While this more INTERACTIVE style happens to be the second highest in my overall blend, when I’m operating on cruise control as well as when I’m under stress, it’s dwarfed by the part of me that simply DEMANDS results. That said, the above average amount of this I can display when things are going smoothly gives me a personal level of insight for what we can consider for folks with this as their primary style!

The one thing that tends to put fuel in this groups’ tank is an experience they enjoy - having fun whenever possible! When it...

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Systems We Can Each Sustain - Starting with Ones that Get Results!

We started down this path by looking at How to Be More Productive - at Work and at Home then we worked through some Personal Productivity Tools that Support Great Systems. As I mentioned before though, we’ll each need to develop our own unique approach if we want to create systems in our lives that we can stick with over the long haul to achieve our goals and avoid burning out along the way. What works for you may not work for me - and vice-versa!

A few millennia ago, a fellow named Confucius suggested the importance of knowing ourselves… If you’ve read these messages for a while or you’ve been part of almost any training session that Cindy and I have done over the last several years, you’ve likely heard me stress the importance of being able to recognize the communication style of each person we interact with on a daily basis so we can communicate with them like they need us to rather than just how we prefer to communicate. The DISC Model of Human...

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Specific Details and Time to Complete the Task

Having looked ways we can truly serve the needs of our team members with each of the first three behavioral styles - DRIVEN, INSPIRING, and SUPPORTIVE - to this point, let’s close the loop with the final 25% of the population; the ones who tend to be Reserved and Task-Oriented. Please understand that none of these styles should be viewed as better than the others based on the order I’ve covered them in. This group certainly shouldn’t be considered as being in last place! In fact, some of the smartest people we know are likely to have this primary style… These are the CRITICAL thinkers and they’re nearly always very CONSCIENTIOUS about the results they produce.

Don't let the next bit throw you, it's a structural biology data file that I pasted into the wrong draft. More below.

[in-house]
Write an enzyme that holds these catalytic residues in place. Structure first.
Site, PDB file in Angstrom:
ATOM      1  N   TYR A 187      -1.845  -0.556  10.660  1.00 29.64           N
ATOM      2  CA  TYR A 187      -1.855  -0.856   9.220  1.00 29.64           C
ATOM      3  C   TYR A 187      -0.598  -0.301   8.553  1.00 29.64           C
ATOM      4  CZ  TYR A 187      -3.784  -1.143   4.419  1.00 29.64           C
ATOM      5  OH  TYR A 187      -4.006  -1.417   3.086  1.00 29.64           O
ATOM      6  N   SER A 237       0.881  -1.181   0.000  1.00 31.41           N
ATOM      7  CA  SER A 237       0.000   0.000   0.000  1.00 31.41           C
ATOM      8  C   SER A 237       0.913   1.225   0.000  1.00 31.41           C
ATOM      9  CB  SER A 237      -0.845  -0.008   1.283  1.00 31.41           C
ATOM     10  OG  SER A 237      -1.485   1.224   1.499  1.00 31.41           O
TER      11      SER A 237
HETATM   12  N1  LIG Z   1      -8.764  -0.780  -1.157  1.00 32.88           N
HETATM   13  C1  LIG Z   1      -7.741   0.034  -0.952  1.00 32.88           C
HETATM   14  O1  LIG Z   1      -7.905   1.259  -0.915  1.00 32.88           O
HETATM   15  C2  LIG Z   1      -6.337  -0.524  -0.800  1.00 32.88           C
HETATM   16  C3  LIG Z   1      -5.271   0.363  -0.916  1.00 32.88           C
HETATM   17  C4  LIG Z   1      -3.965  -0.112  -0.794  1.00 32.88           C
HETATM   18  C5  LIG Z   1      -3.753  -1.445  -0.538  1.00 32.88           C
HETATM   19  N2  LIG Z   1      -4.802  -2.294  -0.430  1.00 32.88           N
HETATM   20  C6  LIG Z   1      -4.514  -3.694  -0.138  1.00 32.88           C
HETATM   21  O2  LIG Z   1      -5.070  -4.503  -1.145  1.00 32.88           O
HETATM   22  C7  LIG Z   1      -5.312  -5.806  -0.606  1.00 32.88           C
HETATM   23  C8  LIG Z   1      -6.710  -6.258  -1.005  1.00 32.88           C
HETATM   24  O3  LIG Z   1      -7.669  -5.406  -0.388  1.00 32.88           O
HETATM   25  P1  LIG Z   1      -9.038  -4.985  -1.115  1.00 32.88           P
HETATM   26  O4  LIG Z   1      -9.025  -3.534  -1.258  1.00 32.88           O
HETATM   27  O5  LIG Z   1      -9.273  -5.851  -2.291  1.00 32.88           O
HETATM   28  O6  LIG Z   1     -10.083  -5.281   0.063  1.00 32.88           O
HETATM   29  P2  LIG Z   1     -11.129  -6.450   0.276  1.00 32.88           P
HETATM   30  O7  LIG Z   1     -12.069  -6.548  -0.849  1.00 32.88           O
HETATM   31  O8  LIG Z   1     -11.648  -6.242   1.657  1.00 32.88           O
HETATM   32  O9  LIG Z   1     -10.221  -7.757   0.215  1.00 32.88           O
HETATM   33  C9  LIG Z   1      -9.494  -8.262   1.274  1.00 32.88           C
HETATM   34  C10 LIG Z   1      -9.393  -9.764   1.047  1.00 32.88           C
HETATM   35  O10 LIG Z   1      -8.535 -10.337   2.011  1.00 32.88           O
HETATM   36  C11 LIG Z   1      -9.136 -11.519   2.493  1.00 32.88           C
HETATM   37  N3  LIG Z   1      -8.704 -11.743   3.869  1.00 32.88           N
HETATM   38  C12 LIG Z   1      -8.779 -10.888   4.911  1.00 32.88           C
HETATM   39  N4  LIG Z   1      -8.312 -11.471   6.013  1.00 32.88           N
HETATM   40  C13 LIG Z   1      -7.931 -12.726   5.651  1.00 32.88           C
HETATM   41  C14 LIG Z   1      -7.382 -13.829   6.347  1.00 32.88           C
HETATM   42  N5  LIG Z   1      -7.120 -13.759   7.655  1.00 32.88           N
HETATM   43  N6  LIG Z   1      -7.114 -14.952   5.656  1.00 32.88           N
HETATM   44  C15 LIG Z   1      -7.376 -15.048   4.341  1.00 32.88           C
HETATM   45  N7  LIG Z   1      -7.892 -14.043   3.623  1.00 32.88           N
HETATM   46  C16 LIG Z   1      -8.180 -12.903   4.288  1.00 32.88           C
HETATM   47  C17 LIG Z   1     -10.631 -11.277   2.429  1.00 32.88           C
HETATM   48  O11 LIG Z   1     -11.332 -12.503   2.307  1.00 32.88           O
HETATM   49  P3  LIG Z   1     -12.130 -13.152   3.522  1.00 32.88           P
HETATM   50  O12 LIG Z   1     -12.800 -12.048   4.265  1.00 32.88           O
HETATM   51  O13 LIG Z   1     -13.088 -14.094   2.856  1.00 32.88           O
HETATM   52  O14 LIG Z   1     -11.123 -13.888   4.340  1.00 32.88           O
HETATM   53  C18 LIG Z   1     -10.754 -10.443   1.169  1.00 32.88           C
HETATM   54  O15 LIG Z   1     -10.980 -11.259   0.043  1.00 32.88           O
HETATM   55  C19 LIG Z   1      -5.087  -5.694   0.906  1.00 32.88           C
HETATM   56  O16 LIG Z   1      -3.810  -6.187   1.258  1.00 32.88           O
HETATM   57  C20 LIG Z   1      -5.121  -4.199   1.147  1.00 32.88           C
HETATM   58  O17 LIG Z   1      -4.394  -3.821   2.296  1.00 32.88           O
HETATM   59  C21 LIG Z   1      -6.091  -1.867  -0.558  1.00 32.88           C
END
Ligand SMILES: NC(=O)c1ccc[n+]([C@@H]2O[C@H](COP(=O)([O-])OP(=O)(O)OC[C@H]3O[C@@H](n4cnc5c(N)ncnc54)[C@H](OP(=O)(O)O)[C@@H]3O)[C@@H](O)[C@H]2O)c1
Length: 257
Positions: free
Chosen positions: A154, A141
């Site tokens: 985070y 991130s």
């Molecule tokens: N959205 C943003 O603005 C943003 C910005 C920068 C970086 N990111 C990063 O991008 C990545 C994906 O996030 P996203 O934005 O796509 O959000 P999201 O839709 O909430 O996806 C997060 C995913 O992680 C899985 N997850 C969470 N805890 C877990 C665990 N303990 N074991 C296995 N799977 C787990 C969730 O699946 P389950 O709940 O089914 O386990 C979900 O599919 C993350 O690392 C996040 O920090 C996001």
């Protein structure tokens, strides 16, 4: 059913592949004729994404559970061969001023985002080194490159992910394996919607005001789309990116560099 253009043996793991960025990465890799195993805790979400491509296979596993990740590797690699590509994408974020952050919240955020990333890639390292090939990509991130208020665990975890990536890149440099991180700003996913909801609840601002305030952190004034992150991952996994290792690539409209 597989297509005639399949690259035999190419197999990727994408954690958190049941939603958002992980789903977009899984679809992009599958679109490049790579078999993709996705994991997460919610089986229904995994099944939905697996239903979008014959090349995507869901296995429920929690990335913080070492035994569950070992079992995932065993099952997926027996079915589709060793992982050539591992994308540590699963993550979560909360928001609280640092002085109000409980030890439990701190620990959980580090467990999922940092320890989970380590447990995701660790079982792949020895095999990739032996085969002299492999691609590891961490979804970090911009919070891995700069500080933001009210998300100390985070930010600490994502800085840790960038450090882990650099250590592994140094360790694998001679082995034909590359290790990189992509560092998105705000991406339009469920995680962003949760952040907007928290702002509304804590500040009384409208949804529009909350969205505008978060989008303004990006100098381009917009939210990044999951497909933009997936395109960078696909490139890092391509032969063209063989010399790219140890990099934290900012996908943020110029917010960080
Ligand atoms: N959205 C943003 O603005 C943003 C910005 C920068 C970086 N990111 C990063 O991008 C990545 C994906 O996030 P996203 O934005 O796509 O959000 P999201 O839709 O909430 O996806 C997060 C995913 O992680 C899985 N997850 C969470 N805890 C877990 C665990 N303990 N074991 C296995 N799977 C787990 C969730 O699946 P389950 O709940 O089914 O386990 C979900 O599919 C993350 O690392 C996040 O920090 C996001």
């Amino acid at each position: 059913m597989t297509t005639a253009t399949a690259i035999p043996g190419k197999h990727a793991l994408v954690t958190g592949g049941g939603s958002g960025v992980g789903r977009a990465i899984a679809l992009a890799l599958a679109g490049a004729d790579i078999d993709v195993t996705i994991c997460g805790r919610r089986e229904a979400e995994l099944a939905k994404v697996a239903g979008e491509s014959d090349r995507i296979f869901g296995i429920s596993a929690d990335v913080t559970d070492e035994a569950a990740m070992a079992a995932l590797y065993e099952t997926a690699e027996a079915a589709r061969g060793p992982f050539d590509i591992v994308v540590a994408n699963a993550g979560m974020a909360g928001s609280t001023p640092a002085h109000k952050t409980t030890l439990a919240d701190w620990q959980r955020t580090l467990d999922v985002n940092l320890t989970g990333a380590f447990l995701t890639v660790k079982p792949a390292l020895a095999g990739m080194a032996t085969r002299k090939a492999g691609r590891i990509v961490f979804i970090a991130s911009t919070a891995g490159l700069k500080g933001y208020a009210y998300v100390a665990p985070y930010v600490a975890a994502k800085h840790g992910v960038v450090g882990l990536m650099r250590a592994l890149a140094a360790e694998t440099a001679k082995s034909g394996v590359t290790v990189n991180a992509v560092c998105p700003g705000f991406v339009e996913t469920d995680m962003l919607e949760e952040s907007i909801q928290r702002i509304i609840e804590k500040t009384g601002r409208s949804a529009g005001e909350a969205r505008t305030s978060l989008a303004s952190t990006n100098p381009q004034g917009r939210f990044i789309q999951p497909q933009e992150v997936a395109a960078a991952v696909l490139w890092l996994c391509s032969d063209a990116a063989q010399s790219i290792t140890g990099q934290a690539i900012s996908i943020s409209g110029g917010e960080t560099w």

I was in a client’s office several years ago, getting ready to provide a part of their team with an introductory lesson on The Model of Human Behavior, when one of the management team members had a fairly intense conversation (read: loud argument) with one of the key team members. Since...

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All Work and No Play?

When Cindy and I work with teams on building stronger and more effective communication into their cultures, The Model of Human Behavior is one of the tools we share because it provides a simple and extremely practical approach that can be implemented right away. As we do this, we emphasize that our team members often do the exact same things but for VERY different reasons depending on their own unique behavioral style. Cindy goes on to explain that I, as one of those highly DRIVEN folks I mentioned last time, serve the people I care about by working as hard as I possibly can to achieve results. While my focus is primarily on the task at hand, I’m doing it to provide for my family or my team…